Grans turn protection squad for West Coast rivers

3:45 pm on 30 March 2017

A group of Māori and Pākehā grandmothers want conservation orders placed on 38 rivers on the South Island's West Coast.

Two kayakers paddle on the Porarari River and enjoy the jungle in Paparoa National Park on February 10, 2016 in Punakaiki, New Zealand.

Porarari River in Punakaiki on the West Coast of the South Island. Photo: AFP

The women, known as the Grandmothers of Waitaha, are backed by conservation groups and have applied for orders restricting the commercial use of the West Coast rivers.

Minister of the Environment Nick Smith said he would consider the bulk application on its merits.

Fifteen New Zealand rivers are currently protected by conservation orders, with another two, for the Ngaruroro River and the Waikoropupū Springs, now under consideration.

Conservation orders recognise the intrinsic value of a body of water and seek to protect it.

The orders can stop a regional council issuing new water and discharge permits, although they cannot affect existing permits.

The Grandmothers of Waitaha filed the application to protect rivers form Punakaiki to Haast yesterday.

The group's membership is spread around New Zealand, but they claim common whakapapa from the waka Uruao.

Spokeswoman Jane Ruka said the group wanted to halt the use of pristine West Coast rivers for electricity generation, water-bottling and other commercial enterprises.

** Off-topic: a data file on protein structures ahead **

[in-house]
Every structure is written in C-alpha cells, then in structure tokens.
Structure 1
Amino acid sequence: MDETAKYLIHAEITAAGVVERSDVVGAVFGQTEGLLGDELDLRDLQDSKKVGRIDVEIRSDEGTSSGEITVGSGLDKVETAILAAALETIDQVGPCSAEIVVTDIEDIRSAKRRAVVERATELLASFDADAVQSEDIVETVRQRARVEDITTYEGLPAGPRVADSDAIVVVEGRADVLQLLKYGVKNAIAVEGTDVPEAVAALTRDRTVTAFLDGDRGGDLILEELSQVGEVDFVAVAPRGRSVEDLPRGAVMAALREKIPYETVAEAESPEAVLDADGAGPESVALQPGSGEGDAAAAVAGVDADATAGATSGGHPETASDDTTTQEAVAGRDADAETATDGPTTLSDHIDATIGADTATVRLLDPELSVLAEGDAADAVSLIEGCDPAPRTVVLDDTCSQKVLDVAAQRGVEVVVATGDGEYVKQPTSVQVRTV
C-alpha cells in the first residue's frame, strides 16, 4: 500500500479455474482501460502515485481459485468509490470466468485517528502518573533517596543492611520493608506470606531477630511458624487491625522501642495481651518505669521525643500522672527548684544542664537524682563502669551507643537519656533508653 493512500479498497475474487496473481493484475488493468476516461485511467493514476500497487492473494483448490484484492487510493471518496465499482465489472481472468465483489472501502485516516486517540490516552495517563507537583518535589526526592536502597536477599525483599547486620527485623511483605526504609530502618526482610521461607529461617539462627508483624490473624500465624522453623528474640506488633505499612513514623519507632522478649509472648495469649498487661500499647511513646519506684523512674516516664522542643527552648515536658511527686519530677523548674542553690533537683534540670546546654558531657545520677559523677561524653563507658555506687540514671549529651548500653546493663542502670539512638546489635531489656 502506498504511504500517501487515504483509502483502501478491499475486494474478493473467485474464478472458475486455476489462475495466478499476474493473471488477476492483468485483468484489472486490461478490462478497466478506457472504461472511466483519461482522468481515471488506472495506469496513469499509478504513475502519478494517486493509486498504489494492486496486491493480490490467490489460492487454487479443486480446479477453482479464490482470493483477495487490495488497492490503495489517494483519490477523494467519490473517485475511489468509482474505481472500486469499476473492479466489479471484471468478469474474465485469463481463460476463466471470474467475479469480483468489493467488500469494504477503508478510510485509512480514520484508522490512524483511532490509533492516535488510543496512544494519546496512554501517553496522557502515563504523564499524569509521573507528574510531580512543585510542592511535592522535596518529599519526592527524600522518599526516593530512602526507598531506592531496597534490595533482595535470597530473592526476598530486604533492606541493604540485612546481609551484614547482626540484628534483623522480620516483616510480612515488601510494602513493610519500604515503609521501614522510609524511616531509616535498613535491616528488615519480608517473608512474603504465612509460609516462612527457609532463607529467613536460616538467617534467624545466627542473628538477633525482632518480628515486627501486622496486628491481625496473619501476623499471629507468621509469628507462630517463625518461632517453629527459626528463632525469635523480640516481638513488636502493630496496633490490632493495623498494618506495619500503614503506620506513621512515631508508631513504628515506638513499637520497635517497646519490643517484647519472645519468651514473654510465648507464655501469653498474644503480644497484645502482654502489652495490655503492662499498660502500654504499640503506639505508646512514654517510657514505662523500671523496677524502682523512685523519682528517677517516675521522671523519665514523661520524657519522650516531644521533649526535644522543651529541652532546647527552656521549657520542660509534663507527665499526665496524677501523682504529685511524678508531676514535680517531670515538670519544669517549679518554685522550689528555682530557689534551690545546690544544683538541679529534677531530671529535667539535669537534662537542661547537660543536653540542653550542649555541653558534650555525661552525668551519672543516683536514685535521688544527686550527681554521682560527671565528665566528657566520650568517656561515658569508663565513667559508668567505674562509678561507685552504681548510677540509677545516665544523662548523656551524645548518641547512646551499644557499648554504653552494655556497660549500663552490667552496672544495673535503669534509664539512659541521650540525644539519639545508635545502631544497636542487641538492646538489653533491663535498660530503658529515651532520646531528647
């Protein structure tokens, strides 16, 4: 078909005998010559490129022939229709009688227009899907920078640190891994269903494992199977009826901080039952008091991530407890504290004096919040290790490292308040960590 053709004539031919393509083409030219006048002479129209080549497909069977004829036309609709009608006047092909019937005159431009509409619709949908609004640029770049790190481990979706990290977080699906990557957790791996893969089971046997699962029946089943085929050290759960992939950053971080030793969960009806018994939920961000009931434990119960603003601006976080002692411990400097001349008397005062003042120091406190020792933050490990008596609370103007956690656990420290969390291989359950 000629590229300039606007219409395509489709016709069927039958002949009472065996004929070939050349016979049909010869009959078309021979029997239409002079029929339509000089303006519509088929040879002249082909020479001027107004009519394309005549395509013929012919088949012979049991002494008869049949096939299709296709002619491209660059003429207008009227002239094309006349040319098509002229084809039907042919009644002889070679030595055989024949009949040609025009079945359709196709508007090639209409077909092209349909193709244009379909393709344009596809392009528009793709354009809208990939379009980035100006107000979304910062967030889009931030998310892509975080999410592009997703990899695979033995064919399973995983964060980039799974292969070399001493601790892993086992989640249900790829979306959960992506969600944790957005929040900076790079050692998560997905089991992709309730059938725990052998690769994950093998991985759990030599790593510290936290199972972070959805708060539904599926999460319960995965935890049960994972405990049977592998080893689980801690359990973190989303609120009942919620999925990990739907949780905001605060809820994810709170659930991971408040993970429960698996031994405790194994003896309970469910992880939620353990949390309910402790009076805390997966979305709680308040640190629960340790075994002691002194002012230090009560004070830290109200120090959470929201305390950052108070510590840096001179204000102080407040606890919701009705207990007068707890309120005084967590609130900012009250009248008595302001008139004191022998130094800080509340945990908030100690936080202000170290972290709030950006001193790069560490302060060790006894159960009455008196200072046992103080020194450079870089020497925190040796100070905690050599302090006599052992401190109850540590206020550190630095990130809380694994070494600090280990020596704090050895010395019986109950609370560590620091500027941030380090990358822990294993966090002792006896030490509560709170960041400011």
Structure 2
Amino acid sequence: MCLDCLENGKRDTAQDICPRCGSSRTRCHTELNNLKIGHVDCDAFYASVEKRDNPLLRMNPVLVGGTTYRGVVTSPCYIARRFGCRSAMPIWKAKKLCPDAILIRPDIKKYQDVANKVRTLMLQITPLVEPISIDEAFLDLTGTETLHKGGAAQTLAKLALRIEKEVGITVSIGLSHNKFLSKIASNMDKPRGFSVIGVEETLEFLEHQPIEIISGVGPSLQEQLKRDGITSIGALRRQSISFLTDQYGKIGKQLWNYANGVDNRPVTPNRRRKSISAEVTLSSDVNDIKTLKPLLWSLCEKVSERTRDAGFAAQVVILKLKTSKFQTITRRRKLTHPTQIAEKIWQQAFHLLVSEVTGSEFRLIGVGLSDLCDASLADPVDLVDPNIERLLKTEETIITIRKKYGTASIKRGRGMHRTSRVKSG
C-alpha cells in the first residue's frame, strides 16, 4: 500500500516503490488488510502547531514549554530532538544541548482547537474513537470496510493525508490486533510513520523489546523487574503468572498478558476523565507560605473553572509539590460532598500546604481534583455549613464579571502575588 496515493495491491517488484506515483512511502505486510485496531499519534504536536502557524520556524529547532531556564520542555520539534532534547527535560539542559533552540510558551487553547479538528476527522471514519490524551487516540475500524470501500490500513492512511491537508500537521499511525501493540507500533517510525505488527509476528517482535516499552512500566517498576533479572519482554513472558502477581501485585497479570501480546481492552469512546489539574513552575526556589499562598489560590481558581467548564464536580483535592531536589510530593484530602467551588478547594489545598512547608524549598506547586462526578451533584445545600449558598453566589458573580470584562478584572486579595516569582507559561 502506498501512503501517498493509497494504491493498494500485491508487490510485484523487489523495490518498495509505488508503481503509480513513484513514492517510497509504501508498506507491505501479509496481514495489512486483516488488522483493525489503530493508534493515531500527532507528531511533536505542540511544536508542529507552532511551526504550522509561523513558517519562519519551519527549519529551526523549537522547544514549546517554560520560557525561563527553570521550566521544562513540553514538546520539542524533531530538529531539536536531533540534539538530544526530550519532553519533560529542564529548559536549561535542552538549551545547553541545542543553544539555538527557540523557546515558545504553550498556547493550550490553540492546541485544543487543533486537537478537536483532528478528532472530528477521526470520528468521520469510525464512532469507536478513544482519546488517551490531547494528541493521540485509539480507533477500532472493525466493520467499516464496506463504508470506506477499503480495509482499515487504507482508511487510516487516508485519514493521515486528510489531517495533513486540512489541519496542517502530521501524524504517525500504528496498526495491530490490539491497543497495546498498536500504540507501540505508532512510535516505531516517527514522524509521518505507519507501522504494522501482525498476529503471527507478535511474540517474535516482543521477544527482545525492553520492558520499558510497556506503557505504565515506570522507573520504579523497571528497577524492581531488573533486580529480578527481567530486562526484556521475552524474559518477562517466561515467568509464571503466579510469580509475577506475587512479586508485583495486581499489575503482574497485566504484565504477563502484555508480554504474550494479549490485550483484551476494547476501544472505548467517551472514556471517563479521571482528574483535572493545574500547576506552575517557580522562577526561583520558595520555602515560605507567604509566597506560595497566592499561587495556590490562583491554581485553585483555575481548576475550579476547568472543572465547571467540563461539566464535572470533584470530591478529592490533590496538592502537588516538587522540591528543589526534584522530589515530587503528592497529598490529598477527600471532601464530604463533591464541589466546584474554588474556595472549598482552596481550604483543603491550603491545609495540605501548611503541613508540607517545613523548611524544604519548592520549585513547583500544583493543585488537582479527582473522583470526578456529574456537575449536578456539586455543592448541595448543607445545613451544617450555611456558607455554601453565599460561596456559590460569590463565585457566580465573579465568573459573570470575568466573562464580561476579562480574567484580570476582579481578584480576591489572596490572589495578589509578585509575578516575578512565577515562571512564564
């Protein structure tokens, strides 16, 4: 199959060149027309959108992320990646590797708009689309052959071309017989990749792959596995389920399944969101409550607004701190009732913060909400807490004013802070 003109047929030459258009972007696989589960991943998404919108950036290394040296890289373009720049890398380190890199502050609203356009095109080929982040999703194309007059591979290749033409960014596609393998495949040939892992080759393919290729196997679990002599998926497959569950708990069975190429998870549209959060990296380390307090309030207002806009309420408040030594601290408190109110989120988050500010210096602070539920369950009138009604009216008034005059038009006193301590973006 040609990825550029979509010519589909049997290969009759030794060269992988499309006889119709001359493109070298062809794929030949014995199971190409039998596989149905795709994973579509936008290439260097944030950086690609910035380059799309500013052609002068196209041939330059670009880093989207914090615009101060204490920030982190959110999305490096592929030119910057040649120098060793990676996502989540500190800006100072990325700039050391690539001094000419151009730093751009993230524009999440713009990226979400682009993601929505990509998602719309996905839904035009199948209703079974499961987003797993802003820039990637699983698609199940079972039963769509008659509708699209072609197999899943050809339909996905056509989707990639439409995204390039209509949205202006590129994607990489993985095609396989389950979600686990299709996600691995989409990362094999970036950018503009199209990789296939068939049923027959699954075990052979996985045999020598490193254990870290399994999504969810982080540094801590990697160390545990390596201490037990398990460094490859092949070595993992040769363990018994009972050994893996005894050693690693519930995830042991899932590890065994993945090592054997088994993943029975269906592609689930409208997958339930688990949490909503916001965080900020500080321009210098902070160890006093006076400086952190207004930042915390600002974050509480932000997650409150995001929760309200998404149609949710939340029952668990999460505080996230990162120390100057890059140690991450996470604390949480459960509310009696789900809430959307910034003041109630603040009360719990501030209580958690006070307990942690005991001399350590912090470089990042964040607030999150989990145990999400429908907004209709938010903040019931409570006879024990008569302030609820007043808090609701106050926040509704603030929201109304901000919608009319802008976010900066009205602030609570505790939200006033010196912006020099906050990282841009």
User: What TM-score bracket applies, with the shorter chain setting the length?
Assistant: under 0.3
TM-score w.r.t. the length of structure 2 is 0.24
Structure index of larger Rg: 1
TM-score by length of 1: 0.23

Ms Ruka said the pollution and exploitation common in North Island rivers was creeping south, and the grandmothers believed that needed to be stopped in its tracks.

"It's not just the Waitaha grandmothers who are out there being concerned," she said.

"It's every grandmother who has the power to think in New Zealand, and every mother who looks towards the rivers and waterways as somewhere safe where children can swim in hot weather and take food out of, in some instances."

Ms Ruka said the catalyst for the action was a scheme to build a power plant on the Waitaha river and a recent application to renew consents to take water from the Arawhata, below Mount Aspiring.

The move to protect West Coast rivers has strong support from other conservation groups.

Forest and Bird and Federated Mountain Clubs helped to pay the $1000 application fee.

The club's secretary, Jan Finlayson, said rivers were an essential element in the New Zealand way of life and selling water, in particular, threatened that.

The head of Save Our Water New Zealand, Jen Branje, said people had lost faith in local and central government to protect water.

"It's probably time care was transferred over to local and iwi groups, for the betterment of the waterways themselves."

Dr Smith said he had not had a chance to reads the grandmothers' application.

"I'm quite supportive of water conservation orders; they're the equivalent of National Park status for a water body," he said.

However, he said the grandmothers' submission was unusual because it lumped so many rivers into one application.

He said he would take advice from ministry staff before deciding if it should go any further.

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